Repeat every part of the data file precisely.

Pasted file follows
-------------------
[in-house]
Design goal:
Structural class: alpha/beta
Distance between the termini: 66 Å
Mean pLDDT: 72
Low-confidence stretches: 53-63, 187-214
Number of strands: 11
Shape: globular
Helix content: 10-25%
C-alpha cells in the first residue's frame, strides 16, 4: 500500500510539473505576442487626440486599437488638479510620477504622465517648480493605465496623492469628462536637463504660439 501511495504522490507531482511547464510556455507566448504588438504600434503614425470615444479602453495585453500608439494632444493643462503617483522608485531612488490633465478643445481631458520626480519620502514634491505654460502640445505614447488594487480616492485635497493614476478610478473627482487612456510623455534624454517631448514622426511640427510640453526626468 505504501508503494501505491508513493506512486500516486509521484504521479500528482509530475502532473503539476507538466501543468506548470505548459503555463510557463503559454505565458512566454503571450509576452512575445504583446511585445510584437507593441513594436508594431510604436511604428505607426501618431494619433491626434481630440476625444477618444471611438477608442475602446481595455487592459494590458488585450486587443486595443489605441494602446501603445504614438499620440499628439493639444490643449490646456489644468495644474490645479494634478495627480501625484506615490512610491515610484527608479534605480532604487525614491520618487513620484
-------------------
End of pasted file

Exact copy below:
[in-house]
Design goal:
Structural class: alpha/beta
Distance between the termini: 66 Å
Mean pLDDT: 72
Low-confidence stretches: 53-63, 187-214
Number of strands: 11
Shape: globular
Helix content: 10-25%
C-alpha cells in the first residue's frame, strides 16, 4: 500500500510539473505576442487626440486599437488638479510620477504622465517648480493605465496623492469628462536637463504660439 501511495504522490507531482511547464510556455507566448504588438504600434503614425470615444479602453495585453500608439494632444493643462503617483522608485531612488490633465478643445481631458520626480519620502514634491505654460502640445505614447488594487480616492485635497493614476478610478473627482487612456510623455534624454517631448514622426511640427510640453526626468 505504501508503494501505491508513493506512486500516486509521484504521479500528482509530475502532473503539476507538466501543468506548470505548459503555463510557463503559454505565458512566454503571450509576452512575445504583446511585445510584437507593441513594436508594431510604436511604428505607426501618431494619433491626434481630440476625444477618444471611438477608442475602446481595455487592459494590458488585450486587443486595443489605441494602446501603445504614438499620440499628439493639444490643449490646456489644468495644474490645479494634478495627480501625484506615490512610491515610484527608479534605480532604487525614491520618487513620484